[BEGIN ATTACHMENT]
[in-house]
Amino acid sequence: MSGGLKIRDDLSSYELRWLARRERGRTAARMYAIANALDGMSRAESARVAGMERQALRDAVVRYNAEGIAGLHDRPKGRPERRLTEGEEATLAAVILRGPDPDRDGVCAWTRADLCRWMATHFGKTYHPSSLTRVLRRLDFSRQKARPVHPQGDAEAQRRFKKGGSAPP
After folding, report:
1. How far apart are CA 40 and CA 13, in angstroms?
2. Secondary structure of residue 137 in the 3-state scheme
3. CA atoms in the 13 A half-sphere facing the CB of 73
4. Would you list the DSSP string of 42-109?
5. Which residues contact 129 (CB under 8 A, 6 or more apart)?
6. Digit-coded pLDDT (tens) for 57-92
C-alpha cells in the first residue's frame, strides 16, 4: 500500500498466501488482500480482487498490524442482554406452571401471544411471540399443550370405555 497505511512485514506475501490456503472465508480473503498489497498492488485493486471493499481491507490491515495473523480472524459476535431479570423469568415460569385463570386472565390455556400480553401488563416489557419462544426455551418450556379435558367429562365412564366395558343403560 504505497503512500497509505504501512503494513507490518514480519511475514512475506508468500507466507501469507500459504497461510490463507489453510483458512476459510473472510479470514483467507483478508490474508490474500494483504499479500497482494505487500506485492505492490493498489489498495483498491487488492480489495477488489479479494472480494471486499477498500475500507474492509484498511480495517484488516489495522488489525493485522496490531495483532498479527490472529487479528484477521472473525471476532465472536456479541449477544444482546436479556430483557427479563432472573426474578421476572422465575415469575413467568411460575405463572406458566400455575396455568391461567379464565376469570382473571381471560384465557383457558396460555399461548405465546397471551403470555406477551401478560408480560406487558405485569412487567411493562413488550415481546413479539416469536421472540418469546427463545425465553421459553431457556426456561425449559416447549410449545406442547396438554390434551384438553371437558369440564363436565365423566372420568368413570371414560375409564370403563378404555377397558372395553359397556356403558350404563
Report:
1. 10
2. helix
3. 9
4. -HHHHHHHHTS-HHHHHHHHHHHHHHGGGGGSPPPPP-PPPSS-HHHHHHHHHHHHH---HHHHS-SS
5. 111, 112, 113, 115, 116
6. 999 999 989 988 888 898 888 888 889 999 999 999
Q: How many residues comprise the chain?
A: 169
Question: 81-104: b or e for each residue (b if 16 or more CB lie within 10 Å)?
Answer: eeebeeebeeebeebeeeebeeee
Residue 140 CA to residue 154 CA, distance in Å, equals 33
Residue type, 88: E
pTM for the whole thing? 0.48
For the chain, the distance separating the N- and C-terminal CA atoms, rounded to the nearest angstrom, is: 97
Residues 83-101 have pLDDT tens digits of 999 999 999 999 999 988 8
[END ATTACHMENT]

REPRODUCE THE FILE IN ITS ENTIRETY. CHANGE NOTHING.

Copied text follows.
[in-house]
Amino acid sequence: MSGGLKIRDDLSSYELRWLARRERGRTAARMYAIANALDGMSRAESARVAGMERQALRDAVVRYNAEGIAGLHDRPKGRPERRLTEGEEATLAAVILRGPDPDRDGVCAWTRADLCRWMATHFGKTYHPSSLTRVLRRLDFSRQKARPVHPQGDAEAQRRFKKGGSAPP
After folding, report:
1. How far apart are CA 40 and CA 13, in angstroms?
2. Secondary structure of residue 137 in the 3-state scheme
3. CA atoms in the 13 A half-sphere facing the CB of 73
4. Would you list the DSSP string of 42-109?
5. Which residues contact 129 (CB under 8 A, 6 or more apart)?
6. Digit-coded pLDDT (tens) for 57-92
C-alpha cells in the first residue's frame, strides 16, 4: 500500500498466501488482500480482487498490524442482554406452571401471544411471540399443550370405555 497505511512485514506475501490456503472465508480473503498489497498492488485493486471493499481491507490491515495473523480472524459476535431479570423469568415460569385463570386472565390455556400480553401488563416489557419462544426455551418450556379435558367429562365412564366395558343403560 504505497503512500497509505504501512503494513507490518514480519511475514512475506508468500507466507501469507500459504497461510490463507489453510483458512476459510473472510479470514483467507483478508490474508490474500494483504499479500497482494505487500506485492505492490493498489489498495483498491487488492480489495477488489479479494472480494471486499477498500475500507474492509484498511480495517484488516489495522488489525493485522496490531495483532498479527490472529487479528484477521472473525471476532465472536456479541449477544444482546436479556430483557427479563432472573426474578421476572422465575415469575413467568411460575405463572406458566400455575396455568391461567379464565376469570382473571381471560384465557383457558396460555399461548405465546397471551403470555406477551401478560408480560406487558405485569412487567411493562413488550415481546413479539416469536421472540418469546427463545425465553421459553431457556426456561425449559416447549410449545406442547396438554390434551384438553371437558369440564363436565365423566372420568368413570371414560375409564370403563378404555377397558372395553359397556356403558350404563
Report:
1. 10
2. helix
3. 9
4. -HHHHHHHHTS-HHHHHHHHHHHHHHGGGGGSPPPPP-PPPSS-HHHHHHHHHHHHH---HHHHS-SS
5. 111, 112, 113, 115, 116
6. 999 999 989 988 888 898 888 888 889 999 999 999
Q: How many residues comprise the chain?
A: 169
Question: 81-104: b or e for each residue (b if 16 or more CB lie within 10 Å)?
Answer: eeebeeebeeebeebeeeebeeee
Residue 140 CA to residue 154 CA, distance in Å, equals 33
Residue type, 88: E
pTM for the whole thing? 0.48
For the chain, the distance separating the N- and C-terminal CA atoms, rounded to the nearest angstrom, is: 97
Residues 83-101 have pLDDT tens digits of 999 999 999 999 999 988 8